The Federal Aviation Administration has conducted an evaluation flight of Boeing's 737 Max aircraft. The two-hour flight evaluation was conducted by the administration's chief Steve Dickson.
Passing the test is a milestone for the aircraft and its eventual return to service following the two fatal crashes last year that grounded the model worldwide. Dickson, a former military and commercial pilot, conducted the test with other officials and Boeing pilots at King County International Airport in Seattle.
After the test, Dickson said he had liked what he saw. However, he said there was still more work to be done before the aircraft is certified for service. The administration didn't announce an exact timeline leading to the aircraft's certification. Dickson said it still needed to study data.
Boeing's 737 Max was originally grounded by the administration in March last year following the crashes of two airplanes in Indonesia and Ethiopia which killed 346 passengers and crew.
Canceled orders and costs relating to the crashes, compounded by the spread of the coronavirus, led to Boeing losing billions of dollars. The crashes also put into question the administration's role as the enforcer of aviation standards and safety - straining its relationship with the aircraft manufacturer. This eventually led to politicians calling on an overhaul of how the agency certifies planes for commercial service.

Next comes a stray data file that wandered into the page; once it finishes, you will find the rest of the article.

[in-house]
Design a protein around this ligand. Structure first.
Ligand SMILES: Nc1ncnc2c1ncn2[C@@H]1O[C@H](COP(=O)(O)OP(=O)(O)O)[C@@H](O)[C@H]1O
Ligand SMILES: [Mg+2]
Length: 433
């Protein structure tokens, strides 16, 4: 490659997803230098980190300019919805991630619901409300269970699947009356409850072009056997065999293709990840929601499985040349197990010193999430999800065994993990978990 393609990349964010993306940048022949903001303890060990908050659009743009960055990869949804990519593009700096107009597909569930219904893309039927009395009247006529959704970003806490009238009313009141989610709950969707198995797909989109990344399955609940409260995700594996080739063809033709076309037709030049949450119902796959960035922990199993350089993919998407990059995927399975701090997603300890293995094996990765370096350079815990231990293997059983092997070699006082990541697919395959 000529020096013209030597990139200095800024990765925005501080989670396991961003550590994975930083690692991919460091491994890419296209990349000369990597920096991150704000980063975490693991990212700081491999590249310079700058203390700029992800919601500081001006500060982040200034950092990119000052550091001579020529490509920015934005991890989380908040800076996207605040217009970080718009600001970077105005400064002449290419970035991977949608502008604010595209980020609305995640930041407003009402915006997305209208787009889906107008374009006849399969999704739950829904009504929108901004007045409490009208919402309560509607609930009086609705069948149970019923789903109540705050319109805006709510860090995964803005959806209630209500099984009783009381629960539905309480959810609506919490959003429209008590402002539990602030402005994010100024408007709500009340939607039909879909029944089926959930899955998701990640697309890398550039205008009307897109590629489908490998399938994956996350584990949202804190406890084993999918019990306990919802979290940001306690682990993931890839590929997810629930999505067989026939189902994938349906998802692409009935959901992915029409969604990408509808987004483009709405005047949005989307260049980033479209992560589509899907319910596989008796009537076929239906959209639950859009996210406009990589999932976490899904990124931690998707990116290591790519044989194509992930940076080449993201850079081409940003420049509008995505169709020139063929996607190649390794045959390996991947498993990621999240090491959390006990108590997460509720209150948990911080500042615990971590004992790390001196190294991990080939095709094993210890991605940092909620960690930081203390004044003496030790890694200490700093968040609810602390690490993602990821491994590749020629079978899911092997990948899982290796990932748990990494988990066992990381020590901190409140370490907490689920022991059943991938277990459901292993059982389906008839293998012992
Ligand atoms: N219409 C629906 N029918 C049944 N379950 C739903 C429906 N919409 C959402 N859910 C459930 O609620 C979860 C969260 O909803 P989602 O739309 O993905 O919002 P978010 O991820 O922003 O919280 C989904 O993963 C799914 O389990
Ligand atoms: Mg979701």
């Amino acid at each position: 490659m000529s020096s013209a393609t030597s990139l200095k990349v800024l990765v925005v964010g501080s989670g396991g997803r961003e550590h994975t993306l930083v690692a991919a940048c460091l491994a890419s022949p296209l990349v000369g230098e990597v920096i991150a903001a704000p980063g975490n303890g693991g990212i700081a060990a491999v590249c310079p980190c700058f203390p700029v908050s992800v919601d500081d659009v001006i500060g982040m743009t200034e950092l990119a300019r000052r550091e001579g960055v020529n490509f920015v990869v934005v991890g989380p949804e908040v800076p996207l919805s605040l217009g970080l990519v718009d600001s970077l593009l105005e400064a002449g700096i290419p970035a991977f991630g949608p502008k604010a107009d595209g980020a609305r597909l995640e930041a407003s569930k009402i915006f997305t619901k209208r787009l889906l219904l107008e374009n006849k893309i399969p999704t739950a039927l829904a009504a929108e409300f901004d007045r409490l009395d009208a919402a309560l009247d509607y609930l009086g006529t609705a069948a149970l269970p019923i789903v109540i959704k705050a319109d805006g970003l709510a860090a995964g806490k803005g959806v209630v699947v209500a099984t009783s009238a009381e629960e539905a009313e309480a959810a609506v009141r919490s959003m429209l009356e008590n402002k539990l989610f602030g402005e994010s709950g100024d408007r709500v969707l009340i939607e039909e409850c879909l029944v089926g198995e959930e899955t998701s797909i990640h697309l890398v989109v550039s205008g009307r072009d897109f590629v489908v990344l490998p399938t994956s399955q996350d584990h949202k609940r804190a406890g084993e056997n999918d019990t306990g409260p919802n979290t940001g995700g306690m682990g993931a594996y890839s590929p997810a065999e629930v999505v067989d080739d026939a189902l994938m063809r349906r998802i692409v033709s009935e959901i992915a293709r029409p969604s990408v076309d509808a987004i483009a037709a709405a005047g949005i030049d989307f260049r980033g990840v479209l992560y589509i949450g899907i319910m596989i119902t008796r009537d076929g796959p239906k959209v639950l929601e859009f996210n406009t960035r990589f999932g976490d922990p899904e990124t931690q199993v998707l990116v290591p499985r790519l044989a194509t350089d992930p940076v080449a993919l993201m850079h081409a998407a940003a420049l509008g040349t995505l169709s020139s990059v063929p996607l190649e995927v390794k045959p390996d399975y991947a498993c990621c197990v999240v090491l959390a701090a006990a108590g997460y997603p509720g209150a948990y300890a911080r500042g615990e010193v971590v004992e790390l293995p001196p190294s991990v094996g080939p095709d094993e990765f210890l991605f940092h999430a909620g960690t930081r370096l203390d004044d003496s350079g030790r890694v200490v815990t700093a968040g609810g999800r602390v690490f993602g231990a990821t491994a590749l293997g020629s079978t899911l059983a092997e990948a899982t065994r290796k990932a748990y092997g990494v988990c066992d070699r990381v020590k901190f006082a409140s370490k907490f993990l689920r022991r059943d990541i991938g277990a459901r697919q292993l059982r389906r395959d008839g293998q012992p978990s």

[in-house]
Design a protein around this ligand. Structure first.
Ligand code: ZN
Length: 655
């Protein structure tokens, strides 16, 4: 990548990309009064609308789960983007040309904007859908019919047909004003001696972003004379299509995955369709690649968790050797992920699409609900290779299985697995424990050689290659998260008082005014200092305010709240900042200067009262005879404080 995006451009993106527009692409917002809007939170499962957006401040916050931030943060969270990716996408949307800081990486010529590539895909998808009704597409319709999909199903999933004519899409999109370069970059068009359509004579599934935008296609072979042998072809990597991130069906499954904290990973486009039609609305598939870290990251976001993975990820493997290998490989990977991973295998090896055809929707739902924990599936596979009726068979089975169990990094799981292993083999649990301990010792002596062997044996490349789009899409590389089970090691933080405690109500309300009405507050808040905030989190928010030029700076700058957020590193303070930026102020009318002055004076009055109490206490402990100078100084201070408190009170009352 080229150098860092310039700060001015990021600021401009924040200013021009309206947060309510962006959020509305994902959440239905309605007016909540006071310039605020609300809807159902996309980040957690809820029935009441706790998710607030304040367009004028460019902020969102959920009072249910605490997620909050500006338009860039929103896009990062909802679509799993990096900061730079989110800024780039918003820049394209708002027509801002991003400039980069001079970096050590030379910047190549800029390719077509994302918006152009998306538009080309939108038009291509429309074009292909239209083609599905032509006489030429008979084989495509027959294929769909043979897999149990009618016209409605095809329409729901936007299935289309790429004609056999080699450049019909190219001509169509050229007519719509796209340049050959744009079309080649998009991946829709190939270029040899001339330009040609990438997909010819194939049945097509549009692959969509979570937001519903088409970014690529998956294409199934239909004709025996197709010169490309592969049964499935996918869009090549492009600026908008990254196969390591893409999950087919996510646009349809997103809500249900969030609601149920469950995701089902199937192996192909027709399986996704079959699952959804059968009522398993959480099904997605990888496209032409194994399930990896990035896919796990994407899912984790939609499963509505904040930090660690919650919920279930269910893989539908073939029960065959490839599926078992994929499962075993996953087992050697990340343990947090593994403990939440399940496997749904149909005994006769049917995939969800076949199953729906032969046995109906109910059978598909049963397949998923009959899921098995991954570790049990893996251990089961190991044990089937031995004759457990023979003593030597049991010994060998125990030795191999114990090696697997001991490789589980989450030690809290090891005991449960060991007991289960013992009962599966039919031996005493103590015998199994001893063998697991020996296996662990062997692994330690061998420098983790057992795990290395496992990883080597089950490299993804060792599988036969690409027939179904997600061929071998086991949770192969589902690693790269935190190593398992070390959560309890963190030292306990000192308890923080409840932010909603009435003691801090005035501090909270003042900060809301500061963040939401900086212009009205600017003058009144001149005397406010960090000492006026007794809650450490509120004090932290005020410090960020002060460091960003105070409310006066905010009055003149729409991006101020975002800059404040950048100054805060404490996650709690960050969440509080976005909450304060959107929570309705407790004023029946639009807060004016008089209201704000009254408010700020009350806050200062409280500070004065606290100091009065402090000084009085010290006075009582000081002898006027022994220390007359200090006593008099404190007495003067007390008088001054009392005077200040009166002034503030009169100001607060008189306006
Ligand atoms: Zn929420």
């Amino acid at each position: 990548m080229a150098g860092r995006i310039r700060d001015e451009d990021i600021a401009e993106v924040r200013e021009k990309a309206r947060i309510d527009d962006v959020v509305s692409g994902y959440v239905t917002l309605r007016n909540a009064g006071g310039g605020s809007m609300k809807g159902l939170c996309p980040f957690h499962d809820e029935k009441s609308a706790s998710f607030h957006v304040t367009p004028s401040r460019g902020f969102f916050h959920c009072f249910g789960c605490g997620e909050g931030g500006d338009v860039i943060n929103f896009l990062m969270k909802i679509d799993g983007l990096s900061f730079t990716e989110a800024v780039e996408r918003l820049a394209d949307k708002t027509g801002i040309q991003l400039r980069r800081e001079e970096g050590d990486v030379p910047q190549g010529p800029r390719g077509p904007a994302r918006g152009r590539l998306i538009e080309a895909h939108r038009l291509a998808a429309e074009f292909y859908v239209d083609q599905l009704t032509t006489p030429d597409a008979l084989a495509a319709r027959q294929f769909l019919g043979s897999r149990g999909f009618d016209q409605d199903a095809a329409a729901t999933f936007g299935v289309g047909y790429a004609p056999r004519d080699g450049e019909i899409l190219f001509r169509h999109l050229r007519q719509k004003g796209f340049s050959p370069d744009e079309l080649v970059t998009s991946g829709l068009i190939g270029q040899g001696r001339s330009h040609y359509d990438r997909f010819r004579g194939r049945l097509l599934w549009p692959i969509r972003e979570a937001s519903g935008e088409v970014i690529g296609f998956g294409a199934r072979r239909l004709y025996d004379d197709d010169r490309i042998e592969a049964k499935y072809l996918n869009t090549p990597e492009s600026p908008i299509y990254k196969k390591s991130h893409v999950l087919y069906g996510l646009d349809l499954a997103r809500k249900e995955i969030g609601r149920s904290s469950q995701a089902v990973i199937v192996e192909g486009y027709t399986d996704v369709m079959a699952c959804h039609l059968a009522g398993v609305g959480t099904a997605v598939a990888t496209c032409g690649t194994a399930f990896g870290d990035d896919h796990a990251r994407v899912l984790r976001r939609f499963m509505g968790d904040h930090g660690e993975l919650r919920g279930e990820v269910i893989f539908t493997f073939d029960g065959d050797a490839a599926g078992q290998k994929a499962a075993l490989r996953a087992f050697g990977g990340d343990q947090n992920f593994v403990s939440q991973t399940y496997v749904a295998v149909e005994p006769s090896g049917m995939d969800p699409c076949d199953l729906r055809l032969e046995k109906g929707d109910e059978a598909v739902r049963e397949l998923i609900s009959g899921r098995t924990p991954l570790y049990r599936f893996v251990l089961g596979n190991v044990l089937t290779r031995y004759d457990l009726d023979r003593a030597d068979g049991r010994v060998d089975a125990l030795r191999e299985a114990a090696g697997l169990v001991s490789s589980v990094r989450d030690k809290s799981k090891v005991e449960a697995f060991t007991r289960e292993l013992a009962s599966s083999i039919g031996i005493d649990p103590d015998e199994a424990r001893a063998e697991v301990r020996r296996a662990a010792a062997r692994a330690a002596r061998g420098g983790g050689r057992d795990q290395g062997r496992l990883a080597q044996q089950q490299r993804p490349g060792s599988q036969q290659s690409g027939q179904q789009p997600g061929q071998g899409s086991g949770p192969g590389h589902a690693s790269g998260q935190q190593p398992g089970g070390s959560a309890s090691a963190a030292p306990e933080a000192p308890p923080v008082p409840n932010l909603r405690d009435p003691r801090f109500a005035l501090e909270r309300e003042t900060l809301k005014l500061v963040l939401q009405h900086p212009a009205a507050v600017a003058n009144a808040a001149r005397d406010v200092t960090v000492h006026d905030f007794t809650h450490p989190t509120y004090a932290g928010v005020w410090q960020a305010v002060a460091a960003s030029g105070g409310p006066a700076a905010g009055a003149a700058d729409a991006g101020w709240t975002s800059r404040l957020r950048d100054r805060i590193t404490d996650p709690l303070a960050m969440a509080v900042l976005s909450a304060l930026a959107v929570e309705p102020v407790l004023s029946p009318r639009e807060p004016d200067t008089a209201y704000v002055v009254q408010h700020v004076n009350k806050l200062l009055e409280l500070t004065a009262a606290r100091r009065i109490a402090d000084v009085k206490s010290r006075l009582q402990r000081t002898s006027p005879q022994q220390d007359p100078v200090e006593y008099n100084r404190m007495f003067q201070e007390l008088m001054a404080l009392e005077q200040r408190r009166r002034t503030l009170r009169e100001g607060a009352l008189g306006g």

In a statement released earlier in the week, Dickson stated that he won't sign off on certification until he flew the "fixed" 737 planes himself. He said when he is satisfied the aircraft won't put his own family at risk would he let it pass.
Boeing's MCAS control system was the main reason for the two crashes. The system reportedly received faulty data from a single sensor which then triggered it to steer the plane down without the pilot knowing.
According to sources, the administration could lift the U.S. grounding of the aircraft as soon as November. Other regulators are expected to follow. The European Union Aviation Safety Agency says it might also lift the ban.